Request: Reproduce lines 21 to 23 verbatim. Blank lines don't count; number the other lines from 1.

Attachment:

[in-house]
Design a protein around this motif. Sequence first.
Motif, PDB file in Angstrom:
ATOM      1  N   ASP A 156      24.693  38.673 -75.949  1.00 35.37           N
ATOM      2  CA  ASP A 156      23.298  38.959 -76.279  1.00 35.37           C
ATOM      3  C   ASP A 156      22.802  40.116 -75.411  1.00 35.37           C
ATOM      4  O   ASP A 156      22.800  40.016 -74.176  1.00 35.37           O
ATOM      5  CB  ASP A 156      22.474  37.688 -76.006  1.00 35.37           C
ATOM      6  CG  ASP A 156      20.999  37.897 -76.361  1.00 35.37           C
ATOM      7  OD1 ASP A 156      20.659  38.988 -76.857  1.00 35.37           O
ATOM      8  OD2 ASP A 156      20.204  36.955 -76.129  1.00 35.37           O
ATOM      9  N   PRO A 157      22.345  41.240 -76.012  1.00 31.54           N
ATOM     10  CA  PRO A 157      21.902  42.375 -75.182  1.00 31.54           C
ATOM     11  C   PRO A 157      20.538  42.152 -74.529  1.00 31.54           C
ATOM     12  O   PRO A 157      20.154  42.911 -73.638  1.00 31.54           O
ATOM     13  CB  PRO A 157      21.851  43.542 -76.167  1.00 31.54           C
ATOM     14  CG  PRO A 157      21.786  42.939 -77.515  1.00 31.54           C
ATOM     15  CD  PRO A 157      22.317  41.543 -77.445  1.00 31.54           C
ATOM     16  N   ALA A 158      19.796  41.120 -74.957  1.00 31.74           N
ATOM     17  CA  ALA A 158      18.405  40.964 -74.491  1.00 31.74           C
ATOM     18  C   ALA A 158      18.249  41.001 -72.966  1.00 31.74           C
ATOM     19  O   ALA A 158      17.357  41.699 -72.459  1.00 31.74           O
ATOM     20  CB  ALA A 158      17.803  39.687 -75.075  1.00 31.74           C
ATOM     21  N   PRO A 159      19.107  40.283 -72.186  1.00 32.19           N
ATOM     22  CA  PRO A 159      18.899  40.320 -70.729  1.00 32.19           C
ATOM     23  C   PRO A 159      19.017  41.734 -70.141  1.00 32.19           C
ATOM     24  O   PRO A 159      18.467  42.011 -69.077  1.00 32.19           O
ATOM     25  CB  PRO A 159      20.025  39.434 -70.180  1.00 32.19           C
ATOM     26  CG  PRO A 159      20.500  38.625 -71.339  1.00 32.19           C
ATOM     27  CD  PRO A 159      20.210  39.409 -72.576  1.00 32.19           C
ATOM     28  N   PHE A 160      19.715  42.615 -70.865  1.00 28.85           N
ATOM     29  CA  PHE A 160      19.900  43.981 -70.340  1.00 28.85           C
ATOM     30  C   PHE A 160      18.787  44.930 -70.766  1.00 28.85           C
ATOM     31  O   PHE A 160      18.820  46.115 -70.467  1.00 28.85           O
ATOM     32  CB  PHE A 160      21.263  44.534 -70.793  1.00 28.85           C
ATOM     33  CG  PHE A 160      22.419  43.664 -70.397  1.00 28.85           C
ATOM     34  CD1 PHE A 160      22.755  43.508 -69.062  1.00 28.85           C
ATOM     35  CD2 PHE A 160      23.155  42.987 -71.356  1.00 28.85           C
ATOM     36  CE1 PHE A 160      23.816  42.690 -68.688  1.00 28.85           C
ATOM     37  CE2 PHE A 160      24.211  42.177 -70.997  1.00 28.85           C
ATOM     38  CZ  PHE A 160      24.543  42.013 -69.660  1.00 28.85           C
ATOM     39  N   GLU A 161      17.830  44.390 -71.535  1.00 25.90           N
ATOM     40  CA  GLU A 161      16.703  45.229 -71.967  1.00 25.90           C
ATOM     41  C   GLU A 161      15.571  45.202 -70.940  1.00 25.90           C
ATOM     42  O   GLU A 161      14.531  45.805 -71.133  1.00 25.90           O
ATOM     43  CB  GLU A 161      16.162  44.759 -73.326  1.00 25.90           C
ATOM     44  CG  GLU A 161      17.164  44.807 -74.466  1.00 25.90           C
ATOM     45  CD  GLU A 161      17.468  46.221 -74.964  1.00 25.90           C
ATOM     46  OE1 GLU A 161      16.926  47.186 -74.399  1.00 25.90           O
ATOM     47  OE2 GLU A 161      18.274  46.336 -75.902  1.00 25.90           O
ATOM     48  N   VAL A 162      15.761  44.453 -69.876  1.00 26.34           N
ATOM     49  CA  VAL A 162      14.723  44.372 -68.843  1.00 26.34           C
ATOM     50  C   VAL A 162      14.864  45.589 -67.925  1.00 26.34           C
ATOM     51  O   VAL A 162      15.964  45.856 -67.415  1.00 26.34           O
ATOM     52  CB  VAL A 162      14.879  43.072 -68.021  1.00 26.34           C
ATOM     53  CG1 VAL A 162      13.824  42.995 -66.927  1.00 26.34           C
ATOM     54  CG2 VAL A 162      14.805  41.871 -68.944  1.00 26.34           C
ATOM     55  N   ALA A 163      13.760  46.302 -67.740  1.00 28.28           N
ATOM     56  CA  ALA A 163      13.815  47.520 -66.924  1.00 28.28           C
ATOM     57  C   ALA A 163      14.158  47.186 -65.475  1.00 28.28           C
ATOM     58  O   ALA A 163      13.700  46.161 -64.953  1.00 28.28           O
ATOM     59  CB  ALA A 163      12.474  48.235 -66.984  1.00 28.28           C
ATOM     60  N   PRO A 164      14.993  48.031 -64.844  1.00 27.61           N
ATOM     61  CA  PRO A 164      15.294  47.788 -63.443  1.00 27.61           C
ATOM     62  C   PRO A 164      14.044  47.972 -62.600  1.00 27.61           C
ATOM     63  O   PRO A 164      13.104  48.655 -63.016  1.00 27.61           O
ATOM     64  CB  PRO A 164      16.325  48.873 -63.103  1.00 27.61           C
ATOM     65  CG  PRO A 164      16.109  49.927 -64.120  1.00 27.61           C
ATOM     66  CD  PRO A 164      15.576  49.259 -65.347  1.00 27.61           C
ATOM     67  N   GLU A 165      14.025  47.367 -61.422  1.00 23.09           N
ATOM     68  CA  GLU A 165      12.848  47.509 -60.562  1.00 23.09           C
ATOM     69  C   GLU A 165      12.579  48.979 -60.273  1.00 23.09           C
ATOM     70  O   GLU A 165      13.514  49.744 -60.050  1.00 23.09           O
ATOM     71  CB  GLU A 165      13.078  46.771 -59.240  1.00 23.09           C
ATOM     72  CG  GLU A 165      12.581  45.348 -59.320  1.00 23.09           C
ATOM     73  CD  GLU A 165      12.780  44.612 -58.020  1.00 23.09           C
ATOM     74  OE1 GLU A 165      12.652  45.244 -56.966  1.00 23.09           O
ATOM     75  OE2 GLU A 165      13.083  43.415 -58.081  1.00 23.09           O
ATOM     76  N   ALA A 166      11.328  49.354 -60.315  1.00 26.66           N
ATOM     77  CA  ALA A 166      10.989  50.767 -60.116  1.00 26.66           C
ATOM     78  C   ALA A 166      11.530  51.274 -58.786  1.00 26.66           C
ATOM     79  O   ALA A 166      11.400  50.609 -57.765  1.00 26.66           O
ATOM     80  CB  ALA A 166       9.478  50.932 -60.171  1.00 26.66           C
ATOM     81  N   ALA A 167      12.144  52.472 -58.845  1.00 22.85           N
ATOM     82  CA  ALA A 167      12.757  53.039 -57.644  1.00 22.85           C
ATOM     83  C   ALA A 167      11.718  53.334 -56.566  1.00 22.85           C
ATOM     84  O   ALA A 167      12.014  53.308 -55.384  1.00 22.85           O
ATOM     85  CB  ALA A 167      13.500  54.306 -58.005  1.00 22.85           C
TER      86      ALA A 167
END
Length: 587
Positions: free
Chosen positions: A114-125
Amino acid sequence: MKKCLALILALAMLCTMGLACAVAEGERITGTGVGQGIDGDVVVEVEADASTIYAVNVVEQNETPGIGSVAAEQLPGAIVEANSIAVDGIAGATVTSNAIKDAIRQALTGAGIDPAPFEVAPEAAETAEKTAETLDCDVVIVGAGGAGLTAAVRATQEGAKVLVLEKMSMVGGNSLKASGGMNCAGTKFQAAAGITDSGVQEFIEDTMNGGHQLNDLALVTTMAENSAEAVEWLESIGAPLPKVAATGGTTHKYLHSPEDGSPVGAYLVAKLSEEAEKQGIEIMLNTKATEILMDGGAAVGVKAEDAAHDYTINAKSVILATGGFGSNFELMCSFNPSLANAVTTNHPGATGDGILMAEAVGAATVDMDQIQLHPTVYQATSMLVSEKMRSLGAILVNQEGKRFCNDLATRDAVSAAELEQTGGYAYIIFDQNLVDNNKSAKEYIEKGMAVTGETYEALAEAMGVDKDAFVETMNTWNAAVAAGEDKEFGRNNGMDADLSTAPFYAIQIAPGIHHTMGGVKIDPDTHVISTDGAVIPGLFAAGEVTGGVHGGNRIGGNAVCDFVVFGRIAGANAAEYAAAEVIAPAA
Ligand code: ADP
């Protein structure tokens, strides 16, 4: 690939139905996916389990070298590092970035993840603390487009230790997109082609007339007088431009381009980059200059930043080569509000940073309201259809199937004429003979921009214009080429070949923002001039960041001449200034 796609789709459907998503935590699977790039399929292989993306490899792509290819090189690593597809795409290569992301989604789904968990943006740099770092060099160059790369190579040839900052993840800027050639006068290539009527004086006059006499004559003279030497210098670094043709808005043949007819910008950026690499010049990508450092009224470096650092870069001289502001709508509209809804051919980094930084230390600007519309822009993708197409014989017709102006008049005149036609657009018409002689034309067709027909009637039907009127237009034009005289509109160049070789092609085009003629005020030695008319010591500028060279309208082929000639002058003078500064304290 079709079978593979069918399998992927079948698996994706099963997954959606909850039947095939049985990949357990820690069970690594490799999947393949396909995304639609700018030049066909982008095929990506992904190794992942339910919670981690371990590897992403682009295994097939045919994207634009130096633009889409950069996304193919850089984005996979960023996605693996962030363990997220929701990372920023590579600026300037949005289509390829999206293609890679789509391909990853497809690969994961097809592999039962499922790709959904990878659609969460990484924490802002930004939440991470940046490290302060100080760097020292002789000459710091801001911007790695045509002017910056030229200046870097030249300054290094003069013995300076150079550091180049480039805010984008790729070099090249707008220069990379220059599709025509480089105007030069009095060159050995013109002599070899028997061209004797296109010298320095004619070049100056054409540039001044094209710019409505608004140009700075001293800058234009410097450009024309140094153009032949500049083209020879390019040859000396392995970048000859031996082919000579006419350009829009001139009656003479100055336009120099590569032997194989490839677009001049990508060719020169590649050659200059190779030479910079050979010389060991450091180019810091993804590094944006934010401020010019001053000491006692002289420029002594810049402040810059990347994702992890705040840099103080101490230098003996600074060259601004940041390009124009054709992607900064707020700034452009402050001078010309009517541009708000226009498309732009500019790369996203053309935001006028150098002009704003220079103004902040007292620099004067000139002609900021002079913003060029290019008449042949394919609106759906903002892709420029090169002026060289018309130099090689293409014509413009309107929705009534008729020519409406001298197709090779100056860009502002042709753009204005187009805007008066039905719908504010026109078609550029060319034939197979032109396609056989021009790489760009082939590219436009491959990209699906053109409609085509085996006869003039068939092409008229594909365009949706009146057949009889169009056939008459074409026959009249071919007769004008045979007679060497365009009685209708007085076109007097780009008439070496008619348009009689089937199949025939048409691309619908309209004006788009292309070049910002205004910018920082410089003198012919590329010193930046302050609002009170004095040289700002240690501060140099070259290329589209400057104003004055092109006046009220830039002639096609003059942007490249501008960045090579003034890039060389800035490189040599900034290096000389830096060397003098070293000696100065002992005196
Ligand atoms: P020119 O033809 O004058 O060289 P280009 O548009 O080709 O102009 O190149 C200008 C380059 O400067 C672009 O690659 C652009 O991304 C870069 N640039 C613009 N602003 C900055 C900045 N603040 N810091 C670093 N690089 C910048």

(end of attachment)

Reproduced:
ATOM     18  C   ALA A 158      18.249  41.001 -72.966  1.00 31.74           C
ATOM     19  O   ALA A 158      17.357  41.699 -72.459  1.00 31.74           O
ATOM     20  CB  ALA A 158      17.803  39.687 -75.075  1.00 31.74           C